[Haskell-cafe] RFC: Top level mutable state in terms of pure-function initialization?
Roman Cheplyaka
roma at ro-che.info
Sun Dec 15 14:47:58 UTC 2013
Ok, it could work, but it can lead to very subtle bugs. You change the
type of IORef during refactoring (and forget to change it in a different
place), and your program now works wrong (but silently so), because now
it's creating two IORefs instead of one.
A better way would be to have phantomly-typed identifiers, like
class IsRefId c where
initialContents :: c a -> a
toInt :: c a -> Int
data MyRefId a where
Ref1 :: RefId Int
Ref2 :: RefId Bool
...
instance IsRefId MyRefId where ...
idToIORef :: IsRefId c => c a -> IORef a
Still can be abused (by not constraining phantom types properly), but
can also provide safety if used right.
(And no, Eq is not strictly necessary, because you convert to integers
anyway.)
Roman
* EatsKittens <temporalabstraction at gmail.com> [2013-12-15 15:05:40+0100]
> 1. Well, since x and y are not of the same type they would in this case
> contain a different IORef. The read in this case would read False since y
> is initialized to false as the default of Bool.
>
> 2. In this example it would again be two different IO refs since the type
> is different. It would again on demand create a different IORef for Int and
> Bool.
>
> 3. No, they refer to a different one as I said, the default-less version
> creates the IORef to be unique if and only if both the seed and
> initialization are the same.
>
> 4. Agreed, I overlooked that not all enum instances are typable. (I believe
> they also need to be an instance of EQ?)
>
>
> On 15 December 2013 14:38, Roman Cheplyaka <roma at ro-che.info> wrote:
>
> > 1. Well, that creates a loophole in the type system:
> >
> > let
> > x :: IORef Int
> > x = enumToIORef 0
> >
> > y :: IORef Bool
> > y = enumToIORef 0
> > in writeIORef x (5 :: Int) >> (readIORef y :: IO Bool)
> >
> > 2. There's also a less obvious loophole with your Defaultable version:
> >
> > let
> > x :: Defaultable a => IORef a
> > x = enumToIORef 0
> > in writeIORef x (5 :: Int) >> (readIORef x :: IO Bool)
> >
> > 3. In your default-less version there's a problem of doing this:
> >
> > x = enumToIORef 0 True
> > y = enumToIORef 0 False
> >
> > Now, x and y presumably refer to the same IORef, but the initial
> > contents of that IORef will depend on whether you access it through x or
> > y.
> >
> > 4. Finally, the implementation of enumToIORef can only inspect it by
> > converting to Int, and cannot distinguish different enums that
> > correspond to the same number.
> >
> > This last problem can be solved by adding a Typeable constraint,
> > because TypeReps carry the information about where (module, package) the
> > type was defined.
> >
> > Roman
> >
> > * EatsKittens <temporalabstraction at gmail.com> [2013-12-15 12:39:20+0100]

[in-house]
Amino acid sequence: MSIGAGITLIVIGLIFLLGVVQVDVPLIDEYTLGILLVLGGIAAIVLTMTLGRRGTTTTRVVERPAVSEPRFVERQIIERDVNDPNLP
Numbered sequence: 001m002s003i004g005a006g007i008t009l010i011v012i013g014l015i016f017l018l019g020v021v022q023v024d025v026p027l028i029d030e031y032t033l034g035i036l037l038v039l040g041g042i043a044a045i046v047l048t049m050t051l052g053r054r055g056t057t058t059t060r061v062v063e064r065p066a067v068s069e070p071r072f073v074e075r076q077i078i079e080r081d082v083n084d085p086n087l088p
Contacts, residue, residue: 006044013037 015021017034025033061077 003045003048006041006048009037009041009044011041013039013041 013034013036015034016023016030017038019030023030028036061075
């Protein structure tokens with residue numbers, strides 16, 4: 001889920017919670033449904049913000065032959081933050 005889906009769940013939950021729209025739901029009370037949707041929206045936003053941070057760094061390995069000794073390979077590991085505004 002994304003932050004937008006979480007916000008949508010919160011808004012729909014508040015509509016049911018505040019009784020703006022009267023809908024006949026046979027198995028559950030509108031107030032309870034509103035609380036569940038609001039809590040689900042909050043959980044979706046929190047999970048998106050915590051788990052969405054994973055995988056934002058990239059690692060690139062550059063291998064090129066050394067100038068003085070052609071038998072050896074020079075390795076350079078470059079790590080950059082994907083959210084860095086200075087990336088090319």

> > > A pure function (enumToIORef :: (Enum a, Defaultable b) => a -> IORef b).
> > > This function returns referentially transparently an IORef as a function
> > of
> > > its "seed" with the guarantee that the IORef returned is identical if and
> > > only if the seed is. This function can be used to implement top level
> > > mutable state in a module. The module can specifically create an
> > enumerated
> > > type for this and not export it, thereby removing any possibility of
> > > another module passing the seed type and conflicting.
> > >
> > > The Defaultable class is added in this case to implement only a single
> > > method (defaultValue :: Defaultable a => a -> a). This is conceptionally
> > > the 'simplest' value of the type, such as the empty list, the number 0,
> > > False, the null character &c. The IORef returned by enumToIORef would be
> > > initialized before being written to to this specific default value of its
> > > type. This approach is chosen because it is impossible to initialize it
> > to
> > > user specified value because enumToIORef can be called twice with the
> > same
> > > seed but a different initial value.
> > >
> > > In the alternative it is also possible to do without the default value
> > and
> > > say the IORef returned is the same if and only if the seed and the
> > initial
> > > value given are the same. Allowing the function to remain referentially
> > > transparent as well. This would probably require for good semantics the
> > > underlying type of the IORef to be a member of EQ...?
> > >
> > > All this would of course require that newIORef and enumToIORef never
> > > produce the same IORef.
> > >
> > > Aside its limitations of the type IORef's initialized with this method
> > can
> > > carry, I do believe they cover the vast majority of use cases of top
> > level
> > > mutable state?
> > >
> > > Caveats?
> >
> > > _______________________________________________
> > > Haskell-Cafe mailing list
> > > Haskell-Cafe at haskell.org
> > > http://www.haskell.org/mailman/listinfo/haskell-cafe
> >
> >
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